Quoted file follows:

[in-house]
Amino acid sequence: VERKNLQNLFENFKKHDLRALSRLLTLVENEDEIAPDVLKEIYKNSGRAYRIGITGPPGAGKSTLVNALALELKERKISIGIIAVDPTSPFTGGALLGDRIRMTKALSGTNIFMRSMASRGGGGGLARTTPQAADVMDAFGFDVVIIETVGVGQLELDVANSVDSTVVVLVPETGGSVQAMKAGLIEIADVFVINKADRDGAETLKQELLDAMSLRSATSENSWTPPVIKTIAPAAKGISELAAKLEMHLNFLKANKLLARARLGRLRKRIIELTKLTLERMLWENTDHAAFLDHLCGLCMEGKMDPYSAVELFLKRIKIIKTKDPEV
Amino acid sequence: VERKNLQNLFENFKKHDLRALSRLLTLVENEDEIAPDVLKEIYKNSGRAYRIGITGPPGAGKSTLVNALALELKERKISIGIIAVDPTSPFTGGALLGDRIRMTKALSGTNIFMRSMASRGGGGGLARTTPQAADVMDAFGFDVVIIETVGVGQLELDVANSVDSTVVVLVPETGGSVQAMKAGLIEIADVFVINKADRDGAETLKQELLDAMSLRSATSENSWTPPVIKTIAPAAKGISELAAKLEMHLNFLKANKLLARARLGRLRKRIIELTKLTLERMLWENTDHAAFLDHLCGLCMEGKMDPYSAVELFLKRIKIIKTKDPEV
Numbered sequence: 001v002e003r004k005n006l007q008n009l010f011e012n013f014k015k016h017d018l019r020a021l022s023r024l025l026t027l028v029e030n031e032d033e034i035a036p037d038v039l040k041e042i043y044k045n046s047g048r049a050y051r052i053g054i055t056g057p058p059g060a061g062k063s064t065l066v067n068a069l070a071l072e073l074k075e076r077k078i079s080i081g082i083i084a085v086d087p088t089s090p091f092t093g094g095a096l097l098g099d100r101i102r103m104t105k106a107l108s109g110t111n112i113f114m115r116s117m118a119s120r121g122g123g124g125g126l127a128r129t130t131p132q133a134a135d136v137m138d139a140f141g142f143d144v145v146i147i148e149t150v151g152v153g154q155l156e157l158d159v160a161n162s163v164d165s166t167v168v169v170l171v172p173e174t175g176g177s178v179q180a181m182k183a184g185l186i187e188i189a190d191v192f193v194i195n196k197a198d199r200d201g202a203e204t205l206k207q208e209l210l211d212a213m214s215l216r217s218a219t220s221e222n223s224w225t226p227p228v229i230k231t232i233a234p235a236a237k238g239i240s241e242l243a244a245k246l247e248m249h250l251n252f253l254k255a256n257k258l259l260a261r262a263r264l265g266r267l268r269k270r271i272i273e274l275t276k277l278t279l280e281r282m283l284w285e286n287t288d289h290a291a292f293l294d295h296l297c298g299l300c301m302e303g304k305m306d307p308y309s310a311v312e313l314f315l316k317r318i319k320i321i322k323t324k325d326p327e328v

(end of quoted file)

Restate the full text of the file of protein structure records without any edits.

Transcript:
[in-house]
Amino acid sequence: VERKNLQNLFENFKKHDLRALSRLLTLVENEDEIAPDVLKEIYKNSGRAYRIGITGPPGAGKSTLVNALALELKERKISIGIIAVDPTSPFTGGALLGDRIRMTKALSGTNIFMRSMASRGGGGGLARTTPQAADVMDAFGFDVVIIETVGVGQLELDVANSVDSTVVVLVPETGGSVQAMKAGLIEIADVFVINKADRDGAETLKQELLDAMSLRSATSENSWTPPVIKTIAPAAKGISELAAKLEMHLNFLKANKLLARARLGRLRKRIIELTKLTLERMLWENTDHAAFLDHLCGLCMEGKMDPYSAVELFLKRIKIIKTKDPEV
Amino acid sequence: VERKNLQNLFENFKKHDLRALSRLLTLVENEDEIAPDVLKEIYKNSGRAYRIGITGPPGAGKSTLVNALALELKERKISIGIIAVDPTSPFTGGALLGDRIRMTKALSGTNIFMRSMASRGGGGGLARTTPQAADVMDAFGFDVVIIETVGVGQLELDVANSVDSTVVVLVPETGGSVQAMKAGLIEIADVFVINKADRDGAETLKQELLDAMSLRSATSENSWTPPVIKTIAPAAKGISELAAKLEMHLNFLKANKLLARARLGRLRKRIIELTKLTLERMLWENTDHAAFLDHLCGLCMEGKMDPYSAVELFLKRIKIIKTKDPEV
Numbered sequence: 001v002e003r004k005n006l007q008n009l010f011e012n013f014k015k016h017d018l019r020a021l022s023r024l025l026t027l028v029e030n031e032d033e034i035a036p037d038v039l040k041e042i043y044k045n046s047g048r049a050y051r052i053g054i055t056g057p058p059g060a061g062k063s064t065l066v067n068a069l070a071l072e073l074k075e076r077k078i079s080i081g082i083i084a085v086d087p088t089s090p091f092t093g094g095a096l097l098g099d100r101i102r103m104t105k106a107l108s109g110t111n112i113f114m115r116s117m118a119s120r121g122g123g124g125g126l127a128r129t130t131p132q133a134a135d136v137m138d139a140f141g142f143d144v145v146i147i148e149t150v151g152v153g154q155l156e157l158d159v160a161n162s163v164d165s166t167v168v169v170l171v172p173e174t175g176g177s178v179q180a181m182k183a184g185l186i187e188i189a190d191v192f193v194i195n196k197a198d199r200d201g202a203e204t205l206k207q208e209l210l211d212a213m214s215l216r217s218a219t220s221e222n223s224w225t226p227p228v229i230k231t232i233a234p235a236a237k238g239i240s241e242l243a244a245k246l247e248m249h250l251n252f253l254k255a256n257k258l259l260a261r262a263r264l265g266r267l268r269k270r271i272i273e274l275t276k277l278t279l280e281r282m283l284w285e286n287t288d289h290a291a292f293l294d295h296l297c298g299l300c301m302e303g304k305m306d307p308y309s310a311v312e313l314f315l316k317r318i319k320i321i322k323t324k325d326p327e328v